New rules are coming into effect in 2020 meaning that all express trusts will need to be registered, whether or not they are liable to UK tax. Currently, you only have to register a trust if they have a relevant tax liability including, Income Tax, Capital Gains Tax, Stamp Duty Land Tax and Inheritance Tax.
So, why the changes? It’s all part of HMRC’s crackdown on money laundering schemes and tax avoidance.
What are express trusts?
Express trusts are generally defined as trusts that have been deliberately created by a settlor, as opposed to being created in other ways, such as through court order or through statute. This description is likely to include discretionary trusts, interest in possession trusts, many types of bare trusts, charitable trusts and employee ownership trusts. At Ellacotts we deal with express trusts frequently.
As the UK government acknowledges that in order to allow existing trusts the time to register, there will need to be an adequate deadline. It is, therefore, proposing that trusts in existence on 10 March 2020 will have until 31 March 2021 to register.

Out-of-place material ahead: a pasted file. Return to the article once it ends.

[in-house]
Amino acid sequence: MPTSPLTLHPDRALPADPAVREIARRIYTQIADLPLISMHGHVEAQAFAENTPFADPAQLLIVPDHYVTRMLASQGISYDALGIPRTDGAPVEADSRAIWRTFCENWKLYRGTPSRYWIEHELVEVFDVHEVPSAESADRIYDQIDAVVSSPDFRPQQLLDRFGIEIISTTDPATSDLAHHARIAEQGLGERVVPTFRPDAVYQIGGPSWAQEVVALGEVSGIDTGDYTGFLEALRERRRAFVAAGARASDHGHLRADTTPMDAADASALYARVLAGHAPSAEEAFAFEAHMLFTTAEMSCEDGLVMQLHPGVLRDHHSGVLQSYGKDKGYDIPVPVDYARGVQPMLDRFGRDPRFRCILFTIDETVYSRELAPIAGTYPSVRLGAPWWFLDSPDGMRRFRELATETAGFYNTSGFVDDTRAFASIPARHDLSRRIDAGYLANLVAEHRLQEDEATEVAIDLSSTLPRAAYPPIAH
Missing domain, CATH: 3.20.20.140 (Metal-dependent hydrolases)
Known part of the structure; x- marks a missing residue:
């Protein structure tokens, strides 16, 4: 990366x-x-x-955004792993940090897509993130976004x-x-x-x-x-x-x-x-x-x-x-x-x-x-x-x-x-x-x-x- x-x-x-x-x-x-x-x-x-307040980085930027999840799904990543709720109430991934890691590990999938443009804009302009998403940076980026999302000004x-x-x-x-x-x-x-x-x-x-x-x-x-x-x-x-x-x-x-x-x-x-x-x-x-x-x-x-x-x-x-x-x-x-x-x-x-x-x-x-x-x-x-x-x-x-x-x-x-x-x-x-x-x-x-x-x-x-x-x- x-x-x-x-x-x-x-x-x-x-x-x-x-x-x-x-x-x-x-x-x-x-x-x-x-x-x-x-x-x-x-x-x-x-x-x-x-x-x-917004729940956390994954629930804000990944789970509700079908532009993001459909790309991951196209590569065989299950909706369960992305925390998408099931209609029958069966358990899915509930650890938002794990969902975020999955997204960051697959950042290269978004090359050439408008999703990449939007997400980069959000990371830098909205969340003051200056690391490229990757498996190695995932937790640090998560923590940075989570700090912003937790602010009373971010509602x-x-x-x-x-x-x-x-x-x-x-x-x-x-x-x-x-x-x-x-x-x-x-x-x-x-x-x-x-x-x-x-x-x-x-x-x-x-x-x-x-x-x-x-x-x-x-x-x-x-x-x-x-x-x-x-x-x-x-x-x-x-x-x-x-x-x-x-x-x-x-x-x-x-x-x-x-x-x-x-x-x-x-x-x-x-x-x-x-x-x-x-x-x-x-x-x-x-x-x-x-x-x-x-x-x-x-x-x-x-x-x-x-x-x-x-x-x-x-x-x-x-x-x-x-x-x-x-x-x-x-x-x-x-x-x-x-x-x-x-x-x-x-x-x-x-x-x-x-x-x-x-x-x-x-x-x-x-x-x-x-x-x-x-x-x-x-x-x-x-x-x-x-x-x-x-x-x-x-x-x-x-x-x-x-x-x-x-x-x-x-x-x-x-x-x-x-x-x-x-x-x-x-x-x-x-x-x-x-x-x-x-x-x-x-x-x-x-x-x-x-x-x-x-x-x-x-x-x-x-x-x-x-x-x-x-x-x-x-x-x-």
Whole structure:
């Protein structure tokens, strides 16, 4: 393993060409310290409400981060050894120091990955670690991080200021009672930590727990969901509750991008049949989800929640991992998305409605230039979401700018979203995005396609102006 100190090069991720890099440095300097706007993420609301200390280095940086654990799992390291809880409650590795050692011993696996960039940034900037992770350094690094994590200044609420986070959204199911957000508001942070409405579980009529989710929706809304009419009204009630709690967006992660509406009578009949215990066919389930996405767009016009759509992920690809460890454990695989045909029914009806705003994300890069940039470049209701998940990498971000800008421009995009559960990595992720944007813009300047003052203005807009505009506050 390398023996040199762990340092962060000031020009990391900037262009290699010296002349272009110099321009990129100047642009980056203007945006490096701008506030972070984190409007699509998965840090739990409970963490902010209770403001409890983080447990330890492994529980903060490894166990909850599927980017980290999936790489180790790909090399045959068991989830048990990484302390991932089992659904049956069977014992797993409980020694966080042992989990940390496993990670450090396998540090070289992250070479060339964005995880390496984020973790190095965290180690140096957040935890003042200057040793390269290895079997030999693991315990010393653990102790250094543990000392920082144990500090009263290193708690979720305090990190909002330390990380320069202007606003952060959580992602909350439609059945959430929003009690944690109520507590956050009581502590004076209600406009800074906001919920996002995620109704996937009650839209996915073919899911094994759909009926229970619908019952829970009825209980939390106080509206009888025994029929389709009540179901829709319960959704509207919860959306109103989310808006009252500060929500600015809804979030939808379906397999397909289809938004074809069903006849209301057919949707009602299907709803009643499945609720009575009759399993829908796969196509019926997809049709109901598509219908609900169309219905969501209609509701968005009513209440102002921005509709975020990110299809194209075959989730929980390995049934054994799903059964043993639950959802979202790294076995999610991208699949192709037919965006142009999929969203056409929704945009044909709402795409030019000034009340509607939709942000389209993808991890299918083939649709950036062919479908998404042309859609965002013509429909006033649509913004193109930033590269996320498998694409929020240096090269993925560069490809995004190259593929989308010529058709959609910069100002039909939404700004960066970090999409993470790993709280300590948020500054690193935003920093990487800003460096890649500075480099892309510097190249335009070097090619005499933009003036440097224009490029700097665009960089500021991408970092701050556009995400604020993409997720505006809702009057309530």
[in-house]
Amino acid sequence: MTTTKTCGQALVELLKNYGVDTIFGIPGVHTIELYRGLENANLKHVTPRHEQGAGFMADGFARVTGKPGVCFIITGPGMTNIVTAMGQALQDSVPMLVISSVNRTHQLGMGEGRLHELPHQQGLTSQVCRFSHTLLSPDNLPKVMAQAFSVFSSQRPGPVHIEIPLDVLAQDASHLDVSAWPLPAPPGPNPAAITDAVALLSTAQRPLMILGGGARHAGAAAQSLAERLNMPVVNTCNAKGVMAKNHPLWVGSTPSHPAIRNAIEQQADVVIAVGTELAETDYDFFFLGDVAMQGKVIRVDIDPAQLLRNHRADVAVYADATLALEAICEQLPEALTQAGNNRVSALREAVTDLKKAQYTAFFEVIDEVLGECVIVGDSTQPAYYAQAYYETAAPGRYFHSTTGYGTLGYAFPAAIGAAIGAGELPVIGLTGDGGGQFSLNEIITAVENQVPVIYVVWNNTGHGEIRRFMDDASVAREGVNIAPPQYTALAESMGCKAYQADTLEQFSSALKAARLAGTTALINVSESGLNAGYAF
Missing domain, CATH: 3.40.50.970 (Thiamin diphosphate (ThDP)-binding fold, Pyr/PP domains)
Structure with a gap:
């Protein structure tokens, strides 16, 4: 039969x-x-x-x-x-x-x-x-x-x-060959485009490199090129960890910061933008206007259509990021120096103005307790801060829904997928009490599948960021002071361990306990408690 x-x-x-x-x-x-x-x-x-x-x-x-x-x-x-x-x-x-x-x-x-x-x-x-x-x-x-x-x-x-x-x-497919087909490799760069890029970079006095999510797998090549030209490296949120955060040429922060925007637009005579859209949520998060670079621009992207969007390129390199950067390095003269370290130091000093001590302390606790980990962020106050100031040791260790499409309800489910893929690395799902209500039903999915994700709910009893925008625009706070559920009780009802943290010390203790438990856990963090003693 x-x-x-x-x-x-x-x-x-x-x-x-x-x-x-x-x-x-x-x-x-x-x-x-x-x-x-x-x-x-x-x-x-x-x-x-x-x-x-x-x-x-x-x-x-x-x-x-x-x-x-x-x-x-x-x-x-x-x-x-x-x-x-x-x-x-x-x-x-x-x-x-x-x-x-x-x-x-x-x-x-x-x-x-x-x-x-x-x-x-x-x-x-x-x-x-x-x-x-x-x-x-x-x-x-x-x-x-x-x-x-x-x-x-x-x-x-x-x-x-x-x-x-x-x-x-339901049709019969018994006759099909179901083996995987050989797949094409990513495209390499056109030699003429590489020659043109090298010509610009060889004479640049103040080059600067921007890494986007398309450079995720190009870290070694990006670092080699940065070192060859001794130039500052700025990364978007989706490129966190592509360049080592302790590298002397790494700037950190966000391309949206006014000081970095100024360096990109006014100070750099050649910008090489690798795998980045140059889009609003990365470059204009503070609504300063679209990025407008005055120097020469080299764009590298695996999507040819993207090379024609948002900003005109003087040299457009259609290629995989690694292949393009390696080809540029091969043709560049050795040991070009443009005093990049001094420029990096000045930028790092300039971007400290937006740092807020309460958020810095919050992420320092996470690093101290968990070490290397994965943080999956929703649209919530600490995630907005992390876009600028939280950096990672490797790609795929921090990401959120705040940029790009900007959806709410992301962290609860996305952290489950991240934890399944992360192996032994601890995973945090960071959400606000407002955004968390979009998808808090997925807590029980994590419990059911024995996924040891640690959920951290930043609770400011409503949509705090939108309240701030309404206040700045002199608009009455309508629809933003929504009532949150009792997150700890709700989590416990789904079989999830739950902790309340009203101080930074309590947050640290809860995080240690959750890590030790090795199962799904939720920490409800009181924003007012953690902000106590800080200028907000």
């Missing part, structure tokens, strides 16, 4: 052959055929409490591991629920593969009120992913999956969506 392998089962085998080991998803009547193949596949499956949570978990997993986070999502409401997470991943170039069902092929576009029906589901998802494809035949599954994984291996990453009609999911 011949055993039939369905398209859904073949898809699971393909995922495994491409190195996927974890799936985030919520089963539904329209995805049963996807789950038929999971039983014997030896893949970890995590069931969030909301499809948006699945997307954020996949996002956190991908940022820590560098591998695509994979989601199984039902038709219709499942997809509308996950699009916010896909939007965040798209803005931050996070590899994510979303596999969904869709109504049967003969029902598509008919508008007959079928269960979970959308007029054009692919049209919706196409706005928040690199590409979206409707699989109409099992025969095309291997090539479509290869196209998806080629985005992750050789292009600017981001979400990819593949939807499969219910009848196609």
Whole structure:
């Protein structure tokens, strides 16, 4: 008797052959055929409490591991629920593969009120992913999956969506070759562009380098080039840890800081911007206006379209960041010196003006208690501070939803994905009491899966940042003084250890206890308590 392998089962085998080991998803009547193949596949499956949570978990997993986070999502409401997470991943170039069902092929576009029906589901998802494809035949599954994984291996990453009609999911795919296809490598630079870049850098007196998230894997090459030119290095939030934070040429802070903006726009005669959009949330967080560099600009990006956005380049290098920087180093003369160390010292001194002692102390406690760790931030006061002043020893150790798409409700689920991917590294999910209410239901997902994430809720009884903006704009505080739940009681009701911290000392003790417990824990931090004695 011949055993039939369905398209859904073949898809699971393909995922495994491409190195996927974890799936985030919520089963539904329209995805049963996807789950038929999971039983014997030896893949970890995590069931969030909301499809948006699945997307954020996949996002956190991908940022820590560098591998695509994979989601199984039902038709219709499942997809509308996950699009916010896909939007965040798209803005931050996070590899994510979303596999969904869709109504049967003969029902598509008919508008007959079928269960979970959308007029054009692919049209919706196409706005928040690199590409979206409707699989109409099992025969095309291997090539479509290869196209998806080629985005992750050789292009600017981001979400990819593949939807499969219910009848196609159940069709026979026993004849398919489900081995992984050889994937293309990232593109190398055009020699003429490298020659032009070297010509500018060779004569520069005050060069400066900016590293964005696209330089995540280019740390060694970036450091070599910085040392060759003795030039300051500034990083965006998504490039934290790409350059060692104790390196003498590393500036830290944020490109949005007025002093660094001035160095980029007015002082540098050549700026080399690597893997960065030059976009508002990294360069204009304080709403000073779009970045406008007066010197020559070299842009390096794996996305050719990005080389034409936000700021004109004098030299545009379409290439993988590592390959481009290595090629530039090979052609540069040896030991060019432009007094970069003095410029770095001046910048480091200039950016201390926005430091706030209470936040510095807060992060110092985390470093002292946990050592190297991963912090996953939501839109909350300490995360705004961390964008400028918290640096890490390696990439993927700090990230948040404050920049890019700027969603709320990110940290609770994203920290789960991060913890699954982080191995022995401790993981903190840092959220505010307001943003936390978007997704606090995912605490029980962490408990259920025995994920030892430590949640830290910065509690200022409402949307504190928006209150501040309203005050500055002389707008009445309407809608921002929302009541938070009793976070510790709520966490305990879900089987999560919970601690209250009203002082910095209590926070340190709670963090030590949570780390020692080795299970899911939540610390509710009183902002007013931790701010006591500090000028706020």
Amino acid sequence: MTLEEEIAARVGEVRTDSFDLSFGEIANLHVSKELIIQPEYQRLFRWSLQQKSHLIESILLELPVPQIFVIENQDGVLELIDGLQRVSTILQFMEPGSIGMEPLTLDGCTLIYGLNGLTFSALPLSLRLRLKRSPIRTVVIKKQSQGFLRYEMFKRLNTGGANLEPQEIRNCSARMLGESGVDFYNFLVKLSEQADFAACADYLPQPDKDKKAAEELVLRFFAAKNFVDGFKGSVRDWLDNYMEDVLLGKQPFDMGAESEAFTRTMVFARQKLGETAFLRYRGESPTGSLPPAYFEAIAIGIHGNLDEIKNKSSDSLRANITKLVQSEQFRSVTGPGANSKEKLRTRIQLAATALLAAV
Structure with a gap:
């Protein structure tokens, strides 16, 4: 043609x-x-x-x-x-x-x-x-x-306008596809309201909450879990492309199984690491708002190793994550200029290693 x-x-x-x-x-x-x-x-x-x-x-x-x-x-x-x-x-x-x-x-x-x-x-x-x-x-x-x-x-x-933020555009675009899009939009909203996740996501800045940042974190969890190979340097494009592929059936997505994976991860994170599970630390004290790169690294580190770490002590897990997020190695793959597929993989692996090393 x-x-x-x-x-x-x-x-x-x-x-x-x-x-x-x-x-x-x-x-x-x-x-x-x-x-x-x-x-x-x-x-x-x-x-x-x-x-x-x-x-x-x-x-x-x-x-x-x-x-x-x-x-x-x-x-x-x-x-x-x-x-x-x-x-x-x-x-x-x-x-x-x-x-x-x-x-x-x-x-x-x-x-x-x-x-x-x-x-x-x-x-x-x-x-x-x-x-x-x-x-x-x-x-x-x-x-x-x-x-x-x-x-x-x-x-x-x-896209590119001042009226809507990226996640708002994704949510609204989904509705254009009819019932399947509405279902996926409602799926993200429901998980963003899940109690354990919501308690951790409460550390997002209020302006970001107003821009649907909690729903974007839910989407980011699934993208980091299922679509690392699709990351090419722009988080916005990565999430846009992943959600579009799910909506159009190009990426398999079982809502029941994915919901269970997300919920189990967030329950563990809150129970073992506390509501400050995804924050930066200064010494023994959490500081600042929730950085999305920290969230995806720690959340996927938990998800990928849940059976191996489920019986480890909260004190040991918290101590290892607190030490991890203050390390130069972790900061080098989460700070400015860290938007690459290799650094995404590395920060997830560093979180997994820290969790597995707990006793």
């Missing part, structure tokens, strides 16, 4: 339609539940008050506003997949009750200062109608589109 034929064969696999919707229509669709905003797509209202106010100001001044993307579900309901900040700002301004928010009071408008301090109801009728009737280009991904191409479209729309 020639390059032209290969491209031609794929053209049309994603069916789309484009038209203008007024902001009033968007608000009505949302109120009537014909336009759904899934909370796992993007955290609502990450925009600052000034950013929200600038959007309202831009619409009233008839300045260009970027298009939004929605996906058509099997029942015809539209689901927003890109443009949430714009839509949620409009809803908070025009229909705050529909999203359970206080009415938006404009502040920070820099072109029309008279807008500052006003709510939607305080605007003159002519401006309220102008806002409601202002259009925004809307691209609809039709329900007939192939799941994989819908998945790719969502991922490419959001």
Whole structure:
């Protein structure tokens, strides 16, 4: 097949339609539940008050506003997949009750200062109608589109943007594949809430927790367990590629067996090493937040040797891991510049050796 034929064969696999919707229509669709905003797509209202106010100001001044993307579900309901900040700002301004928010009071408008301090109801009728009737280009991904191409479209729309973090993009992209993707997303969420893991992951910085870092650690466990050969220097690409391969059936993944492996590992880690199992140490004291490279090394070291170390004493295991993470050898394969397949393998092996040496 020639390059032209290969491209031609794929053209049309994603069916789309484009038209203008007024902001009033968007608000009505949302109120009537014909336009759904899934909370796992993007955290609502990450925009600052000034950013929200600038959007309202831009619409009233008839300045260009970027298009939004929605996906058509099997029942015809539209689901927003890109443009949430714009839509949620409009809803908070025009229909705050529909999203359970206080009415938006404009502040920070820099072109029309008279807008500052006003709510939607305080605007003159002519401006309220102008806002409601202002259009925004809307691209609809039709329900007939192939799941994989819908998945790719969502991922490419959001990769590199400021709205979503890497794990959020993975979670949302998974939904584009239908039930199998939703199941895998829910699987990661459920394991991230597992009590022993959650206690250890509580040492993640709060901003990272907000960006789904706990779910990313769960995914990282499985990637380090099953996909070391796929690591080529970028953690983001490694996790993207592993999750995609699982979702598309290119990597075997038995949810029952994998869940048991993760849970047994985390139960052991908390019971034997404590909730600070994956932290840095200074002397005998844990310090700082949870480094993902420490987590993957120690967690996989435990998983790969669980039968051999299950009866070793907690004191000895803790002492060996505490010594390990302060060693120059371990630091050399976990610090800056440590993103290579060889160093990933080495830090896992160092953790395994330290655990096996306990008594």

New trusts created after 1 April 2020
For new trusts set up on or after 1 April 2020, the timings will be much tighter. The UK government is proposing a 30-day deadline for registration for new trusts. The same 30-day deadline will ultimately apply to updates of information – although, as the consultation document notes, the facility to update trust registrations is not currently available.
Around 200,000 trusts are currently within the existing requirements to register, but these new changes could see it expand to an estimated 2 million trusts.
What happens if I don’t register my trust?
The trustees may have to pay a penalty if the trust is not registered before the registration deadline.
Do you need advice on your trust?
We have an expert tax team who can advise you on trust issues including whether you will need to register and any tax implications your trust may incur. Speak to our dedicated trusts expert Ann Bibby on firstname.lastname@example.org or 01295 250401 or contact us here.